4.         Life is not a subsystem of the laws of nature

Life is fundamentally dependent upon symbolic representation in order to realize biological function. A system based on autocatalysis, like the hypothesized RNA-world, can’t really express biological function since it is a pure dynamical process. Life is autonomous with something we could call "closure of operations" or a cluster of functional parts relating to a whole (see [15] for a wider discussion of these terms). Functional parts are only meaningful under a whole, in other words it is the whole that gives meaning to its parts. Further, in order to define a sign (which can be a symbol, an index, or an icon) a whole cluster of self-referring concepts seems to be presupposed, that is, the definition cannot be given on a priori grounds, without implicitly referring to this cluster of conceptual agents [16]. This recursive dependency really seals off the system from a deterministic bottom up causation. The top down causation constitutes an irreducible structure.

 

In algorithmic information theory there is another concept of irreducible structures. If some phenomena X (such as life) follows from laws there should be a compression algorithm H(X) with much less information content in bits than X [17]. Biological function and sign systems, resemble the complexity of computer programs, which implies that H(X) is not less than X in bits (at least not if it is an elegant program). This is not what we normally mean with a law, since a real law should be something with much less information than the data it is intended to predict [18, 17]. This shows that Mechanism cannot explain symbol grounding, but the best it can do is to make representations of representations ad infinitum. However, as Hubert Yockey says “there is nothing in the physico-chemical world that resembles reactions being determined by a sequence of codes between sequences" [19]. Autocatalysis as the hypothesized RNA-autocatalysis is a purely dynamical process and belongs to another category of phenomena than function. Polanyi argued that; “since the structure of life is a set of boundary conditions that harness the laws of physics and chemistry their (the boundary condition's) structure cannot be defined in terms of the laws that they harness. Nor can a vocabulary determine the content of a text (a boundary condition on the vocabulary), and so on” [20]. Since biological function or “boundary conditions” are crucial also in replication, life seems not to have evolved from inanimate matter.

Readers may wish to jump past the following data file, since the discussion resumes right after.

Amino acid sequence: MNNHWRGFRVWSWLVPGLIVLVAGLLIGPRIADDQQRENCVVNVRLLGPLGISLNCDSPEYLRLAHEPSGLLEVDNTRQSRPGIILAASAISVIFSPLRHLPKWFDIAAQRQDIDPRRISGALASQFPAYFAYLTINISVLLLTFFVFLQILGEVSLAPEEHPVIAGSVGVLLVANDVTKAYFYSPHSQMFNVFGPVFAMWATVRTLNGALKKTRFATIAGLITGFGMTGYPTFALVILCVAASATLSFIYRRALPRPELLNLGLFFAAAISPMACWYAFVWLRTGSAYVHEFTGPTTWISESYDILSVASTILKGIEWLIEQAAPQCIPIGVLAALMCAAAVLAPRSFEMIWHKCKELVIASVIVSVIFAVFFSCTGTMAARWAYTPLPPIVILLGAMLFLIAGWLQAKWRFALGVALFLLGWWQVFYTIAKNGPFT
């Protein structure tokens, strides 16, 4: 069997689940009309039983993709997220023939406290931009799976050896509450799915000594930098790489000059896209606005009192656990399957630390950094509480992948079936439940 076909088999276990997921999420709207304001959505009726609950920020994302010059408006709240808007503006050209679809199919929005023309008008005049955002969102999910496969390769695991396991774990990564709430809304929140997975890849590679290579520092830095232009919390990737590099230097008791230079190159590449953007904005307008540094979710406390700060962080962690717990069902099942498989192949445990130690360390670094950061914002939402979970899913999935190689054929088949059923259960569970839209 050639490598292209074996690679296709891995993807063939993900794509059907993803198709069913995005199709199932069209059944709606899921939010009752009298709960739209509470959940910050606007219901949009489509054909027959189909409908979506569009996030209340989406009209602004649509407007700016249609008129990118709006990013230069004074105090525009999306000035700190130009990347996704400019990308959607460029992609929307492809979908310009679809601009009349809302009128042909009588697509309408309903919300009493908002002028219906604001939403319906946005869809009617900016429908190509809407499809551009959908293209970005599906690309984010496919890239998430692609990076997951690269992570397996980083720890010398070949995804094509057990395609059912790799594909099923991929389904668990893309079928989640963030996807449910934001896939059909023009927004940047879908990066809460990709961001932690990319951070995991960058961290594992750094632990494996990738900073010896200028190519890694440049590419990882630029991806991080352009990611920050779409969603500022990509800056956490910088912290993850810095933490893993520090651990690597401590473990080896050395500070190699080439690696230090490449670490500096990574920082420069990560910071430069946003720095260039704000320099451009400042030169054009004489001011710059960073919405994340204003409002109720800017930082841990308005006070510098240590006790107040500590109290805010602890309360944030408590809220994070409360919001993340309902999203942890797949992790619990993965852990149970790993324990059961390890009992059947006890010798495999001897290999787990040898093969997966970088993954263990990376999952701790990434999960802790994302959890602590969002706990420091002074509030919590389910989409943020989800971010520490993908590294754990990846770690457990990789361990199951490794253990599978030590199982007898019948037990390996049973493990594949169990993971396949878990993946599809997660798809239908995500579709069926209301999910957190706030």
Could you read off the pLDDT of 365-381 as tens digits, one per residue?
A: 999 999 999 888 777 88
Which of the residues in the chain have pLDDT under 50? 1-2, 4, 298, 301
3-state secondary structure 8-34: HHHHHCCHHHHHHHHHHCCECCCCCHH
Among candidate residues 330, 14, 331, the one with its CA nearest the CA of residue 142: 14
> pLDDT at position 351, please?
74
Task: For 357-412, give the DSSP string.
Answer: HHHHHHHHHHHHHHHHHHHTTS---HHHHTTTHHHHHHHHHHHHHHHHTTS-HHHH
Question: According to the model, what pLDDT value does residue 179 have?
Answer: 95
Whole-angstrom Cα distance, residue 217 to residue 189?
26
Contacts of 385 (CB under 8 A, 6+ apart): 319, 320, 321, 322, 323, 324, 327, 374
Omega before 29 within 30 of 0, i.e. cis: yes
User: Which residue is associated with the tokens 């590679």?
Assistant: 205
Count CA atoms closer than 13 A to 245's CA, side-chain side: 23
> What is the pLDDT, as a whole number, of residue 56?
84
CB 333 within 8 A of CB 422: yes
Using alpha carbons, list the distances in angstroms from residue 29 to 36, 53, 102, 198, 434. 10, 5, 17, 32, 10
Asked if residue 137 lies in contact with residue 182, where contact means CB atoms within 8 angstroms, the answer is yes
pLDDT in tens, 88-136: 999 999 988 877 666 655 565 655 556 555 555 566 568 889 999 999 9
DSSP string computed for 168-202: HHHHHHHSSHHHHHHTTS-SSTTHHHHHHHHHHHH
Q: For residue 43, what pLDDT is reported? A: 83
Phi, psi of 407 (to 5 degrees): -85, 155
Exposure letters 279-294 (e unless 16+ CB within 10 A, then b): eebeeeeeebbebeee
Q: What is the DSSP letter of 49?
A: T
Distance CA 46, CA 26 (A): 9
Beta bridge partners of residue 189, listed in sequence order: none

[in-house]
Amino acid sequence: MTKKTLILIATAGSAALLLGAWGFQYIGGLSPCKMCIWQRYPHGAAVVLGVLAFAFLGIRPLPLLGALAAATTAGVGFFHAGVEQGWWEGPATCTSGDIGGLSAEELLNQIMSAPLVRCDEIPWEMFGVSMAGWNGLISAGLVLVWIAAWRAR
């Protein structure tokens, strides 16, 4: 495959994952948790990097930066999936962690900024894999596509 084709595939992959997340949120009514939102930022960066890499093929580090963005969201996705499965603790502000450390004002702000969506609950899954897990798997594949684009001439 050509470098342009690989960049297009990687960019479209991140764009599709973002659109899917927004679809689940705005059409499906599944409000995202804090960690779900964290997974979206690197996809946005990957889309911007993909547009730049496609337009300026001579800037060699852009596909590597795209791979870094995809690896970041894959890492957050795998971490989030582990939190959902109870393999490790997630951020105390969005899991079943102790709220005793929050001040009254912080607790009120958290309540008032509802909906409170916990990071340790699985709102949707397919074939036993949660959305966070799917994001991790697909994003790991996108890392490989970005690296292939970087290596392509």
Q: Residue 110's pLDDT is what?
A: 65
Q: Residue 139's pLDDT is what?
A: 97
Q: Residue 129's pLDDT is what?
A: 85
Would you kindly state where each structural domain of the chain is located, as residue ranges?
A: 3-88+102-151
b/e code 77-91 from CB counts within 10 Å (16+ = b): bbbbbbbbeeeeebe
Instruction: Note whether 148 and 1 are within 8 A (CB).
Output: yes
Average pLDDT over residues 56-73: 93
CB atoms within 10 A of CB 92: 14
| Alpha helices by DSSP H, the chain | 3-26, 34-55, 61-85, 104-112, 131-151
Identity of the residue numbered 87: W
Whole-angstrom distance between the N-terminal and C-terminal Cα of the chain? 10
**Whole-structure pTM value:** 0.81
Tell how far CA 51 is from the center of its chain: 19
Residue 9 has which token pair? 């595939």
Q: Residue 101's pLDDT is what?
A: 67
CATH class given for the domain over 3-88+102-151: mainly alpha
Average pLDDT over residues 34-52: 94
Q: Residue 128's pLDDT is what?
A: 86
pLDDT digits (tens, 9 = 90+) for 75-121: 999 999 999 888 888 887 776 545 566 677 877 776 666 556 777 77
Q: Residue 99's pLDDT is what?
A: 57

It is interesting to see how widespread the belief in randomness is as a scientific explanation among scientists. When it comes to the origin of life many have settled with a theory that goes something like this: "Isn't a cell just a cluster of molecules organized in a specific way? Given enough time or "trials" it should be possible for a pond of random chemical reactions and polymerizations to end up with something that reproduce." Some scientists have also done some efforts to calculate the probability for the event [21, 19]. The truth is that randomness is used in a manipulative way to a problem where it doesn’t even apply. It is important that we do not throw away logic and the laws of physics even though we introduce randomness. Randomness is not equivalent with miracle, but must take place in some organized manner. Consider our model for life consisting of symbols (genes) and the cell machinery (proteins and ribozymes). As mentioned above, there is no information without an interpreter suggesting that there is no message coming from the genes without the cell machinery in place that interprets the genes. On the other hand the cell machinery must be rooted causally in the symbolic codes for at least two reasons. Firstly, the cell machinery consists of different parts that have to be produced in a number of copies depending on a memory. Secondly, functionality of the cell machinery implies a three-dimensional folding, which is determined by the intrinsic properties of the building blocks e.g. amino acids. In addition there are control mechanisms for protein folding. The production of proteins presupposes a control mechanism involving the genes that secures the entire sequence of amino acids before the folding takes place. Random polymerization may at best produce small peptides before the folding would interfere with further elongation. There is really no other alternative than first a transcription from a memory, and then a subsequent folding of the protein or ribozyme [22]. This leaves us with two mutually dependent categories of chemical structures or events (symbols and cell machinery), which does not fit with the axioms of probability that only consider one-way dependency. Thus, the structure of life has probability zero.